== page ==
Other summer-themed prize ideas include an ice cream maker, portable barbecue grill, a volleyball or badminton set, or a picnic basket with place settings included.

Memorial Day is, above all, a time set aside to remember all Americans who have died in military service for the United States. In keeping with the meaning of Memorial Day, you could offer a gift basket with a twist: a “one for you, one for them” raffle.

To do this, offer a basket prize of goodies for a lucky winner – but also prepare a “basket” of needed and requested items for troops overseas. Organizations such as provide lists of possibilities, including lip balms, travel-size bug sprays, air pumps and needles for sports balls, iTunes gift cards and much more, accept donations and send donations to the troops. They also provide instructions on how to properly mail items.

Getting green at a lawn and garden show and sale

With the arrival of spring, gardeners’ thoughts and dreams turn to the promise of another growing season. It’s time to plan the lush landscapes of vibrant, colorful flowers and the rows of veggies and herbs, whether grown at home from seed or purchased as a young, healthy plant. Your organization can be part of the action by hosting a lawn and garden show and sale that brings together those who love plants and local growers.

lawn and garden showWhile the great outdoors would be the ideal location for your event, a social hall, school cafeteria or other venue with ample floor space that’s easy to clean would make a suitable second choice (be sure to secure a team to help clean up afterward!). If your event is held outdoors, it’s a good idea to have a rain date and alternate location.

Look to local conditions as a guide to when to hold your event. If the last danger of frost usually passes in late April, then that is a great time; if the last frost date tends to be early May, try to schedule it for then. (Numerous websites provide average last frost date information based on ZIP code, city, etc., to help you plan.) Generally speaking, late spring to very early summer is the height of garden prep season and interest will be high.

Local greenhouses can bring seeds, seedlings, live and cut herbs and flowers, soil amendments and garden equipment; hardware stores and lawn and garden maintenance companies in your community may also be interested in setting up tables and promoting their services. Extend an invitation to a representative of your local cooperative extension to give 15-minute presentations on topics of interest to gardeners, such as soil testing, pest management and more.

A lawn and garden show is a natural for raffles. You can customize and print out your own tickets, using open-source images to complement the green-thumb spirit of your home and garden show. There are so many possibilities for prizes – here are some ideas for drawings you can offer in conjunction with area businesses to keep excitement high:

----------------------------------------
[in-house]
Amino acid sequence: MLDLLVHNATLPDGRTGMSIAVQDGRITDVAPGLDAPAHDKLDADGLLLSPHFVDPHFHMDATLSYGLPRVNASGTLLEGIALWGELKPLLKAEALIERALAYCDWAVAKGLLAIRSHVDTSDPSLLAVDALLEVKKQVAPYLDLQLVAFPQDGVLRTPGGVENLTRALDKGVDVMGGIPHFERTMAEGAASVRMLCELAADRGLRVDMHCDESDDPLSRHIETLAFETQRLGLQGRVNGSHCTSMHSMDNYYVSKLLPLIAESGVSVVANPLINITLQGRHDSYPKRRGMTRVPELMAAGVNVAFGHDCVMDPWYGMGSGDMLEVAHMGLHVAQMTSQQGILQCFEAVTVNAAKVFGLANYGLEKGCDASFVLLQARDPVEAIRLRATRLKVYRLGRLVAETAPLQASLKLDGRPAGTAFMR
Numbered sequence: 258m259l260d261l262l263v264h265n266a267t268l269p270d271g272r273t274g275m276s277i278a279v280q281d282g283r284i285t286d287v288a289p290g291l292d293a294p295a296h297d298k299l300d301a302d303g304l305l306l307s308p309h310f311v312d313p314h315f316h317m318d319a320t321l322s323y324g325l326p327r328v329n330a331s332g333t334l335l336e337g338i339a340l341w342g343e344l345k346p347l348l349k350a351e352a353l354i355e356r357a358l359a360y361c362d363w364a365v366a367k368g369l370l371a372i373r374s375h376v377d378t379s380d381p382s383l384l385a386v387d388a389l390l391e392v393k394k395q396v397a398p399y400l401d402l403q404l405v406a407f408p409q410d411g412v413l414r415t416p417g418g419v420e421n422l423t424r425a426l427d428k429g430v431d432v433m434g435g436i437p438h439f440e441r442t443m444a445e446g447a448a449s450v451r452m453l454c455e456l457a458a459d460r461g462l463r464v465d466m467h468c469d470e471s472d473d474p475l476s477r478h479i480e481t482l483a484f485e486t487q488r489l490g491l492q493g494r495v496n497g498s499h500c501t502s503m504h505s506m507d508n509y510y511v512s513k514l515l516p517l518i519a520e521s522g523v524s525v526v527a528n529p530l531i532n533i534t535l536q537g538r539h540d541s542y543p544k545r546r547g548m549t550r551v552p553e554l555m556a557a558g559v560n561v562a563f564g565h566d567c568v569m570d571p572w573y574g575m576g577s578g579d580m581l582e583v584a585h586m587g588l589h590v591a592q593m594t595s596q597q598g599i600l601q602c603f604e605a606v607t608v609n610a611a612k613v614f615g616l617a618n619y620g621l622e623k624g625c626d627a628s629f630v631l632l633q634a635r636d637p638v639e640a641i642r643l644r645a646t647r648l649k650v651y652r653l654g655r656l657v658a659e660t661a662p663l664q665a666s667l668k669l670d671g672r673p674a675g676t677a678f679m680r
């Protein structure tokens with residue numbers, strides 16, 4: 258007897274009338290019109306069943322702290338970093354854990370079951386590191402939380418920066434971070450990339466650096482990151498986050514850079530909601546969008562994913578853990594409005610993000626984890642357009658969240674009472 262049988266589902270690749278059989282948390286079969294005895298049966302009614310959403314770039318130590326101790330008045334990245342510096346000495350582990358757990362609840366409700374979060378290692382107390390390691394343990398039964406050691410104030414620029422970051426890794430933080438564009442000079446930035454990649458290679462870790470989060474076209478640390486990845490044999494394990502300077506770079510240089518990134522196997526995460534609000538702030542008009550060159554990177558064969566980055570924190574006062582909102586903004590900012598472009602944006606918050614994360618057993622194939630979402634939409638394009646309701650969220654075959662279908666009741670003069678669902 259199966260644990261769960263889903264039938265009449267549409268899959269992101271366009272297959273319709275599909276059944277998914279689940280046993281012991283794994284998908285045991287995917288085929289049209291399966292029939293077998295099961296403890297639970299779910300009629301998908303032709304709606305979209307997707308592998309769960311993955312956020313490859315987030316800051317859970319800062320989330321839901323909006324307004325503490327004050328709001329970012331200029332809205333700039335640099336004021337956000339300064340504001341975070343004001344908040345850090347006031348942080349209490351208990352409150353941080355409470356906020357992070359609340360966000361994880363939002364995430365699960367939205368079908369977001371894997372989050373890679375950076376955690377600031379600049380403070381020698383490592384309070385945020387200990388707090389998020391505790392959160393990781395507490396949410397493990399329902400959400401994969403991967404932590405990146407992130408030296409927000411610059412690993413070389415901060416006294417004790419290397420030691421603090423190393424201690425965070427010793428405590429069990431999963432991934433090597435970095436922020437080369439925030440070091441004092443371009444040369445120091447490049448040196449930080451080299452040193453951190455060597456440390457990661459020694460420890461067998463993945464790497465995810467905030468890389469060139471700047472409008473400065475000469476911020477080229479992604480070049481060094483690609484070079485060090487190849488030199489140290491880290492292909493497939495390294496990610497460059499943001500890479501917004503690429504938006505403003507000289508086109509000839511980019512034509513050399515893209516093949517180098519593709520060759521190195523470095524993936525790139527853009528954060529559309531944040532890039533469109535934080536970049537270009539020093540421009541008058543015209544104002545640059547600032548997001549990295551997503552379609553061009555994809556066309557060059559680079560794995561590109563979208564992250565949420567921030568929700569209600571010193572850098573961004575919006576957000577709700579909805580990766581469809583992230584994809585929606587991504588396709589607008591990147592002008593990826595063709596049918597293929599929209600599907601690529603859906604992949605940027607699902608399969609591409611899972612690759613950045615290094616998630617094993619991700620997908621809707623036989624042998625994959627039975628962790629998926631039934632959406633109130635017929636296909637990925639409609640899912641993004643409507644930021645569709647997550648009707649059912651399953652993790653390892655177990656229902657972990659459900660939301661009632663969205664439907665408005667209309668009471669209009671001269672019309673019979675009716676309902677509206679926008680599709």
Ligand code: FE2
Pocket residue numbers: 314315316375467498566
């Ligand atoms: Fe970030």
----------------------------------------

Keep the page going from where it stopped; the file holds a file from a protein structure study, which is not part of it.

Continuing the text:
•  A tool kit that includes a gardening tote bag with plenty of pockets, hand tools such as a garden totetrowel, a cultivator and a weeder, knee pads, gloves, hand lotion and a straw hat
  • A package of seed packets
  • A bug zapper or organic/environmentally friendly insect repellent
  • A pair of Adirondack chairs
  • A patio set: table, chairs and umbrella with base
  • Gas or charcoal grill
  • Gift certificates to local nurseries, greenhouses and hardware stores
  • Free delivery of 2 cubic yards of organic compost
  • Books on flower or vegetable gardening

Have fun and good luck!


Easter and springtime raffle ideas

Easter Egg HuntWith many parts of the country seeing record-shattering cold and snowfall totals, it can be difficult to remember that the calendar says Easter and springtime is right around the corner. But it really is, and your organization can play a part in fostering the hopeful excitement of warmer weather by sponsoring an Easter-themed fundraiser.

Colorful eggs brought by the Easter bunny are synonymous with Easter, so consider holding an Easter party hosted by the bunny himself (rent or invest in purchasing a bunny costume). Breakfast or lunch with the bunny can be held at a hall in the area and catered by a restaurant, or members of your team can do the job themselves to put a personal touch on the event.

An Easter-egg hunt is a classic activity for little ones, and the eggs don’t have to be real – they can be wrapped chocolate or candy eggs. You could hide an egg or two of a particular color and offer a small prize to the egg hunter who finds those specially colored eggs. Young and old can participate in a decorated egg competition – who can create the most beautiful/artistic egg? Or the funniest? Or hold an Easter egg toss, where two people toss an egg to each other and gradually increase the distance between the tossers until finally the egg is dropped or broken.

Easter egg hunt

Check out our selection of Easter-themed ticket downloads